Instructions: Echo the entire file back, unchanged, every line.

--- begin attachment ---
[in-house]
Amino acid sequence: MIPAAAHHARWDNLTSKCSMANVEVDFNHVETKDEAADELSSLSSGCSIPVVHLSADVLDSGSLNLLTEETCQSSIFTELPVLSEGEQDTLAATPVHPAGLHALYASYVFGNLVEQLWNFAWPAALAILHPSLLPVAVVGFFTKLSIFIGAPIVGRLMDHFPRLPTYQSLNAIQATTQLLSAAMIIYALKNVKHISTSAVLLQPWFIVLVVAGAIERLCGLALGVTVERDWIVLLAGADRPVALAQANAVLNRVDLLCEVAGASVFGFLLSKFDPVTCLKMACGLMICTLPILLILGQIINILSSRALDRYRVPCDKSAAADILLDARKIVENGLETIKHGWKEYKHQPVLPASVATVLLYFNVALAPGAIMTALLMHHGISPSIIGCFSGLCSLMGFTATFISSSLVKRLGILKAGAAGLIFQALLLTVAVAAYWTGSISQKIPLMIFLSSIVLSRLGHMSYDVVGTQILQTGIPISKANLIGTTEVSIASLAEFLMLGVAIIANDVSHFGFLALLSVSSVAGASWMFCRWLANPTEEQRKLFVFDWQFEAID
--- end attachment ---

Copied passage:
[in-house]
Amino acid sequence: MIPAAAHHARWDNLTSKCSMANVEVDFNHVETKDEAADELSSLSSGCSIPVVHLSADVLDSGSLNLLTEETCQSSIFTELPVLSEGEQDTLAATPVHPAGLHALYASYVFGNLVEQLWNFAWPAALAILHPSLLPVAVVGFFTKLSIFIGAPIVGRLMDHFPRLPTYQSLNAIQATTQLLSAAMIIYALKNVKHISTSAVLLQPWFIVLVVAGAIERLCGLALGVTVERDWIVLLAGADRPVALAQANAVLNRVDLLCEVAGASVFGFLLSKFDPVTCLKMACGLMICTLPILLILGQIINILSSRALDRYRVPCDKSAAADILLDARKIVENGLETIKHGWKEYKHQPVLPASVATVLLYFNVALAPGAIMTALLMHHGISPSIIGCFSGLCSLMGFTATFISSSLVKRLGILKAGAAGLIFQALLLTVAVAAYWTGSISQKIPLMIFLSSIVLSRLGHMSYDVVGTQILQTGIPISKANLIGTTEVSIASLAEFLMLGVAIIANDVSHFGFLALLSVSSVAGASWMFCRWLANPTEEQRKLFVFDWQFEAID